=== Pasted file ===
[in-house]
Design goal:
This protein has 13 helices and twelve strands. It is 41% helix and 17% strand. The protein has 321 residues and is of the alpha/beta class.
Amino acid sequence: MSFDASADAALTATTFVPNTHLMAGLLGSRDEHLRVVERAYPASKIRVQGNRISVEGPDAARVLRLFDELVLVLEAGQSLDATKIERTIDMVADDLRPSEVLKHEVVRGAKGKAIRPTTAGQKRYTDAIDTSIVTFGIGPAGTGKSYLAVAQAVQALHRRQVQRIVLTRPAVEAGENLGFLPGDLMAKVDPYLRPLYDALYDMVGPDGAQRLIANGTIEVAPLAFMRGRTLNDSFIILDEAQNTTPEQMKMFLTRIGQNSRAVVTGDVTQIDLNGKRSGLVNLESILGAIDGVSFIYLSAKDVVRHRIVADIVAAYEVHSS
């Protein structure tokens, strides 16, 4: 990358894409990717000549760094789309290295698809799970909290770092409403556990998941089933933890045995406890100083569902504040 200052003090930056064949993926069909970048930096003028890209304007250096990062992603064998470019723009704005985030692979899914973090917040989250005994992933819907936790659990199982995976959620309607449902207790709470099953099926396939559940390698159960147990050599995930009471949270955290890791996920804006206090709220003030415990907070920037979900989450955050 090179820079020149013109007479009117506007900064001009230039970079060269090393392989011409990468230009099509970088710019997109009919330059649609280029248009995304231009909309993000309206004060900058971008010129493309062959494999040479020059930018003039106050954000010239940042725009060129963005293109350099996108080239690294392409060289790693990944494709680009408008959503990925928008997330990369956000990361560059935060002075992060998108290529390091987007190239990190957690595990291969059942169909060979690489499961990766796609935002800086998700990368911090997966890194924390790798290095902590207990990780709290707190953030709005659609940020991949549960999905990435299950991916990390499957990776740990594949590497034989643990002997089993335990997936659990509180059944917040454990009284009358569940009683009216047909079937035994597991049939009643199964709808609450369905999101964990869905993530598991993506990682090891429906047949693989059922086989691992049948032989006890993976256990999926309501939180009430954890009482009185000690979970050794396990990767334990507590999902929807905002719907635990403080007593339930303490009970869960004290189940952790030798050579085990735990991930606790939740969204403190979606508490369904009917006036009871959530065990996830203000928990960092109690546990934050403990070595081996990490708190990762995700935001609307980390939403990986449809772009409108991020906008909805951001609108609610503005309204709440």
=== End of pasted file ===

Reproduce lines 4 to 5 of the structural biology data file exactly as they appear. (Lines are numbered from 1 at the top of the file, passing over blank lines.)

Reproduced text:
Amino acid sequence: MSFDASADAALTATTFVPNTHLMAGLLGSRDEHLRVVERAYPASKIRVQGNRISVEGPDAARVLRLFDELVLVLEAGQSLDATKIERTIDMVADDLRPSEVLKHEVVRGAKGKAIRPTTAGQKRYTDAIDTSIVTFGIGPAGTGKSYLAVAQAVQALHRRQVQRIVLTRPAVEAGENLGFLPGDLMAKVDPYLRPLYDALYDMVGPDGAQRLIANGTIEVAPLAFMRGRTLNDSFIILDEAQNTTPEQMKMFLTRIGQNSRAVVTGDVTQIDLNGKRSGLVNLESILGAIDGVSFIYLSAKDVVRHRIVADIVAAYEVHSS
């Protein structure tokens, strides 16, 4: 990358894409990717000549760094789309290295698809799970909290770092409403556990998941089933933890045995406890100083569902504040 200052003090930056064949993926069909970048930096003028890209304007250096990062992603064998470019723009704005985030692979899914973090917040989250005994992933819907936790659990199982995976959620309607449902207790709470099953099926396939559940390698159960147990050599995930009471949270955290890791996920804006206090709220003030415990907070920037979900989450955050 090179820079020149013109007479009117506007900064001009230039970079060269090393392989011409990468230009099509970088710019997109009919330059649609280029248009995304231009909309993000309206004060900058971008010129493309062959494999040479020059930018003039106050954000010239940042725009060129963005293109350099996108080239690294392409060289790693990944494709680009408008959503990925928008997330990369956000990361560059935060002075992060998108290529390091987007190239990190957690595990291969059942169909060979690489499961990766796609935002800086998700990368911090997966890194924390790798290095902590207990990780709290707190953030709005659609940020991949549960999905990435299950991916990390499957990776740990594949590497034989643990002997089993335990997936659990509180059944917040454990009284009358569940009683009216047909079937035994597991049939009643199964709808609450369905999101964990869905993530598991993506990682090891429906047949693989059922086989691992049948032989006890993976256990999926309501939180009430954890009482009185000690979970050794396990990767334990507590999902929807905002719907635990403080007593339930303490009970869960004290189940952790030798050579085990735990991930606790939740969204403190979606508490369904009917006036009871959530065990996830203000928990960092109690546990934050403990070595081996990490708190990762995700935001609307980390939403990986449809772009409108991020906008909805951001609108609610503005309204709440």